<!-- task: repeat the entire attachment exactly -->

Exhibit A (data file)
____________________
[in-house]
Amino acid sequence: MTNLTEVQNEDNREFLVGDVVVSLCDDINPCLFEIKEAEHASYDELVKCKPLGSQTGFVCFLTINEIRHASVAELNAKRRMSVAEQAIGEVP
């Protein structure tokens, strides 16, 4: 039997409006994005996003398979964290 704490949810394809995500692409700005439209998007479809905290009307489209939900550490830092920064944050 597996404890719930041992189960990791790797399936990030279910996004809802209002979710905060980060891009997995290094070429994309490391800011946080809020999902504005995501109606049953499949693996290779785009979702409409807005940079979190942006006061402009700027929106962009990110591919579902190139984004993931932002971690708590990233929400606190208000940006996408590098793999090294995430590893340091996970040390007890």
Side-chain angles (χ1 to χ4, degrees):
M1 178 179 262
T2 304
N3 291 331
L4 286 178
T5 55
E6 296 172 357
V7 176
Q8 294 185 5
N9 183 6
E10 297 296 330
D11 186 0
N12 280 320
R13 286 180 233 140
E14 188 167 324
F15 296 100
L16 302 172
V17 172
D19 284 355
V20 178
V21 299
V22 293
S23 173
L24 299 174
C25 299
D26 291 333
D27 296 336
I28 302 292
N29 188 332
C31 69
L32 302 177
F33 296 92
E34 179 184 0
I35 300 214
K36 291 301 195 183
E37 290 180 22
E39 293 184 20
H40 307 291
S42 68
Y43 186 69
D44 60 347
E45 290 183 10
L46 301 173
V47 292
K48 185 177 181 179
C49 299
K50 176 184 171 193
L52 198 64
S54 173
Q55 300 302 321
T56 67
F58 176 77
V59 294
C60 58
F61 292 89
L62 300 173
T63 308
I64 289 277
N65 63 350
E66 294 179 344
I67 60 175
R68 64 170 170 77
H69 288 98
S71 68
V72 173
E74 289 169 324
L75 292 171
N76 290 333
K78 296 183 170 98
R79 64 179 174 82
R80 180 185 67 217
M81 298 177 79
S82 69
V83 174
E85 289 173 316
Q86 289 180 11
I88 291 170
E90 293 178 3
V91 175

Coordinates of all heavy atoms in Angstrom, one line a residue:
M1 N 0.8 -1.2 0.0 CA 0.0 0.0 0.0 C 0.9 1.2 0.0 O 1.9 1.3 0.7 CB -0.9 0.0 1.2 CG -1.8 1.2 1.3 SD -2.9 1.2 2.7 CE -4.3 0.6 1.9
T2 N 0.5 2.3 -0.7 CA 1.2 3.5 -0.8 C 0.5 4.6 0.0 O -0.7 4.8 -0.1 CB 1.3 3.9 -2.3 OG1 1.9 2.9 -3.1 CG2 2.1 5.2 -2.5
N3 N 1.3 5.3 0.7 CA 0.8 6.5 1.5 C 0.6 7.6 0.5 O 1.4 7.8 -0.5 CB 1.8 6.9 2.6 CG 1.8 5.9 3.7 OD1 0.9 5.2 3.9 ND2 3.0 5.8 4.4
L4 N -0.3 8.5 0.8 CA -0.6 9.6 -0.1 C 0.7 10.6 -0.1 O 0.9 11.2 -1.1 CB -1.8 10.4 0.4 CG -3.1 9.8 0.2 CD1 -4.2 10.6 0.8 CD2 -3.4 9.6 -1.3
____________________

[in-house]
Amino acid sequence: MTNLTEVQNEDNREFLVGDVVVSLCDDINPCLFEIKEAEHASYDELVKCKPLGSQTGFVCFLTINEIRHASVAELNAKRRMSVAEQAIGEVP
């Protein structure tokens, strides 16, 4: 039997409006994005996003398979964290 704490949810394809995500692409700005439209998007479809905290009307489209939900550490830092920064944050 597996404890719930041992189960990791790797399936990030279910996004809802209002979710905060980060891009997995290094070429994309490391800011946080809020999902504005995501109606049953499949693996290779785009979702409409807005940079979190942006006061402009700027929106962009990110591919579902190139984004993931932002971690708590990233929400606190208000940006996408590098793999090294995430590893340091996970040390007890």
Side-chain angles (χ1 to χ4, degrees):
M1 178 179 262
T2 304
N3 291 331
L4 286 178
T5 55
E6 296 172 357
V7 176
Q8 294 185 5
N9 183 6
E10 297 296 330
D11 186 0
N12 280 320
R13 286 180 233 140
E14 188 167 324
F15 296 100
L16 302 172
V17 172
D19 284 355
V20 178
V21 299
V22 293
S23 173
L24 299 174
C25 299
D26 291 333
D27 296 336
I28 302 292
N29 188 332
C31 69
L32 302 177
F33 296 92
E34 179 184 0
I35 300 214
K36 291 301 195 183
E37 290 180 22
E39 293 184 20
H40 307 291
S42 68
Y43 186 69
D44 60 347
E45 290 183 10
L46 301 173
V47 292
K48 185 177 181 179
C49 299
K50 176 184 171 193
L52 198 64
S54 173
Q55 300 302 321
T56 67
F58 176 77
V59 294
C60 58
F61 292 89
L62 300 173
T63 308
I64 289 277
N65 63 350
E66 294 179 344
I67 60 175
R68 64 170 170 77
H69 288 98
S71 68
V72 173
E74 289 169 324
L75 292 171
N76 290 333
K78 296 183 170 98
R79 64 179 174 82
R80 180 185 67 217
M81 298 177 79
S82 69
V83 174
E85 289 173 316
Q86 289 180 11
I88 291 170
E90 293 178 3
V91 175

Coordinates of all heavy atoms in Angstrom, one line a residue:
M1 N 0.8 -1.2 0.0 CA 0.0 0.0 0.0 C 0.9 1.2 0.0 O 1.9 1.3 0.7 CB -0.9 0.0 1.2 CG -1.8 1.2 1.3 SD -2.9 1.2 2.7 CE -4.3 0.6 1.9
T2 N 0.5 2.3 -0.7 CA 1.2 3.5 -0.8 C 0.5 4.6 0.0 O -0.7 4.8 -0.1 CB 1.3 3.9 -2.3 OG1 1.9 2.9 -3.1 CG2 2.1 5.2 -2.5
N3 N 1.3 5.3 0.7 CA 0.8 6.5 1.5 C 0.6 7.6 0.5 O 1.4 7.8 -0.5 CB 1.8 6.9 2.6 CG 1.8 5.9 3.7 OD1 0.9 5.2 3.9 ND2 3.0 5.8 4.4
L4 N -0.3 8.5 0.8 CA -0.6 9.6 -0.1 C 0.7 10.6 -0.1 O 0.9 11.2 -1.1 CB -1.8 10.4 0.4 CG -3.1 9.8 0.2 CD1 -4.2 10.6 0.8 CD2 -3.4 9.6 -1.3